Clair loved his writing and was sure about the fact that a film starts with the first word written on paper and he obviously loved to get lost in the question: “What is cinema?” You can answer that question heavily and say, Clair positioned himself between Delluc’s mysticism and Bazin’s metaphysics. Clair loved to define cinema next to literature and theatre, to isolate its specificity as an autonomous language. The cinema is not necessarily a means of understanding all aspects of reality. It is sufficient that it should be a mode of writing in its own right, but conforming to a novelistic ideal. So Clair carries on the battle for the emancipation of the seventh art by attacking the inter-titles of silent screen, the imitation of literature or the invasion of filmed theatre. On the other hand, he recognizes the dignity of the new art starting from a rigorously literary model, and also from a certain idea of the written and as far as cinematic writing is limited by technological constraints, it is protected from rhetorical inflation. After the war the fatigue of an incredulous generation and maybe its fetishistic effort to reconstitute its own innocence. Rhythm and movement. It is still Clair and his work today letting us return to this source of a stabilized “cinema”.


Paris Qui Dort (1924)

A cinema in movement while celebrating a golden age in which the camera was fixed! In the same way Paris Qui Dort (1924) brings out the evolution of creatures by locking at them in an immobile city, but re-establishing a situation in which movement is still possible. We measure all the ambivalence in Clair’s thoughts, and this makes us think about a scene, no less famous, from Les Deux Timides (1928), in which the illustrated defense speech begins again and again and interrupts itself at the same fateful moment, a perpetual freeze-frame, underlined again by recourse to writing. For Clair, it matters less to say what cinema is than what it ought to be – in a spirit that is at the same time emancipatory and conservative. If the new art is credited with unpredictable and almost infinite potential, it is precisely because of its extreme youth, that leaves it open to all possibilities. What is identified is not then the nature of a cinema that remains in search of an author and critics. It perhaps only is the adversary, in front of which it is a question of positioning oneself in order to oppose – especially when the conquest of silent art is seemingly threatened by the return of the thespians and a facile commercial expansion. However, we must understand it in the context of the European 1920s that remains associated with the pre-war years.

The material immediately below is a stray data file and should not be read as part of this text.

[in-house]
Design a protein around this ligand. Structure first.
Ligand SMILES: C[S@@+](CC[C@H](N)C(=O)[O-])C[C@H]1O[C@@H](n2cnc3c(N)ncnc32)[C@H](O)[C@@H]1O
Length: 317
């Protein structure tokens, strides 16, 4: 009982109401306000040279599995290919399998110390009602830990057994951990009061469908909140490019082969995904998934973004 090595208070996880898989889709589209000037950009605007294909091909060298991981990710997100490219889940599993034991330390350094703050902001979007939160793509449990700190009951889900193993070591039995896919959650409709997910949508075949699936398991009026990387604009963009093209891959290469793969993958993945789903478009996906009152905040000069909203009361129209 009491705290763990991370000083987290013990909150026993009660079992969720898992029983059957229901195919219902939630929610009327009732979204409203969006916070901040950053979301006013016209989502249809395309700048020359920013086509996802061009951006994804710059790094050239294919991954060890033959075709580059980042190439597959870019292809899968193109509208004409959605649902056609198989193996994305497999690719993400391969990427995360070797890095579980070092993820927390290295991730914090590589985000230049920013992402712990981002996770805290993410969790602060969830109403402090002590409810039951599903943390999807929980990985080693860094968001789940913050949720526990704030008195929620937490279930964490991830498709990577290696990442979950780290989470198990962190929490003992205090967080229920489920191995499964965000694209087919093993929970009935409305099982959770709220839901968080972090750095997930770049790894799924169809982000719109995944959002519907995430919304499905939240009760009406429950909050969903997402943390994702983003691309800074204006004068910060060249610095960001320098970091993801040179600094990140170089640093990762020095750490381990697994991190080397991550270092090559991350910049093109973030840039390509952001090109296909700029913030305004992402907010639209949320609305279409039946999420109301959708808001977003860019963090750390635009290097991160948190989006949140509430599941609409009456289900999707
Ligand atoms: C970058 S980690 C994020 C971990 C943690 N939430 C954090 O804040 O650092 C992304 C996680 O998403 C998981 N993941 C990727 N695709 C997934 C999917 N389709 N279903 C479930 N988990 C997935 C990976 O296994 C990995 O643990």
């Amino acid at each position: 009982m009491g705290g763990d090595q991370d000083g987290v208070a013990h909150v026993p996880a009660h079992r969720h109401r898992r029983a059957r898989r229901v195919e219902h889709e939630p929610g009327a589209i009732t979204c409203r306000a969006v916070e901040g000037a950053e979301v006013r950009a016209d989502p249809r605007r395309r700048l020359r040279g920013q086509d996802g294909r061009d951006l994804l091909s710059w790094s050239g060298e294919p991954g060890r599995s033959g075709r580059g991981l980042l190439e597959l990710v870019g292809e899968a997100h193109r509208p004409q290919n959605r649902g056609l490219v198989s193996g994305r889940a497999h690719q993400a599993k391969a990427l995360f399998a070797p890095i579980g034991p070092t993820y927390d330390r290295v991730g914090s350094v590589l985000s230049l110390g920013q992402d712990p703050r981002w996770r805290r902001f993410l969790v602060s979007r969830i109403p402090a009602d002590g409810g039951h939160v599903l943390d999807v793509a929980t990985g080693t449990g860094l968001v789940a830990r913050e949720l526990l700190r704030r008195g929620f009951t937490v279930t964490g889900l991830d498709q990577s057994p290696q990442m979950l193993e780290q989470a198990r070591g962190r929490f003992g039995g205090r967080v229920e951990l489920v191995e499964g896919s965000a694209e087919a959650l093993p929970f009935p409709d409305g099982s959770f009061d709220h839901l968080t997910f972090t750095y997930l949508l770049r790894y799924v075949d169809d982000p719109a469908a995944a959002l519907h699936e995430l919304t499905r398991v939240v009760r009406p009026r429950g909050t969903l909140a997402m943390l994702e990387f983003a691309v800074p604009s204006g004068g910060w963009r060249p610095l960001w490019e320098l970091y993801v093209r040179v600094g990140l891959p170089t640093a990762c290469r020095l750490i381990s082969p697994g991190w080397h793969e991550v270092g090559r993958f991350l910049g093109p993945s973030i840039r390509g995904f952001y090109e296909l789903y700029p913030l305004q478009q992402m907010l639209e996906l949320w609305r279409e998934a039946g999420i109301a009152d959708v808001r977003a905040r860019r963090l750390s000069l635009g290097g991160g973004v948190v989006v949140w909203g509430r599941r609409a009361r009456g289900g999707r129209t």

”I direct very slowly, especially comedy, because one has to capture the public at every moment in a comedy. It takes me about 10 months to do a script. I write in longhand and revise; so it works out that I usually write a script twice.”

We can see a duality that haunts all of Clair’s work. He never claims to be a writer-filmmaker like Jean Cocteau but a filmmaker, frustrated in his vocation as a writer including all possible artistic consequences. This is why we can really speak about an “inverted auteurism” here. Clair, born as René Chomette in 1898, the son of middle-class merchants, was conventionally educated and after serving as an ambulance driver in World War I, he got a job as a reporter on the Paris paper “L’Intransigeant”. He suffered problems with strict schedules so he started acting. This was the beginning of motion pictures so no one cared he was not trained as an actor. But he continued acting to earn money and to have free time for writing, studying screening techniques and to be finally given a chance to direct. There was no money and only little equipment. Clair wrote the script himself. Fantastic and experimental, the short film, Paris Qui Dort, appealed at once to the French public when it was issued in 1924. The absurdities of human behavior were also reflected in Sous les Toits de Paris (1929).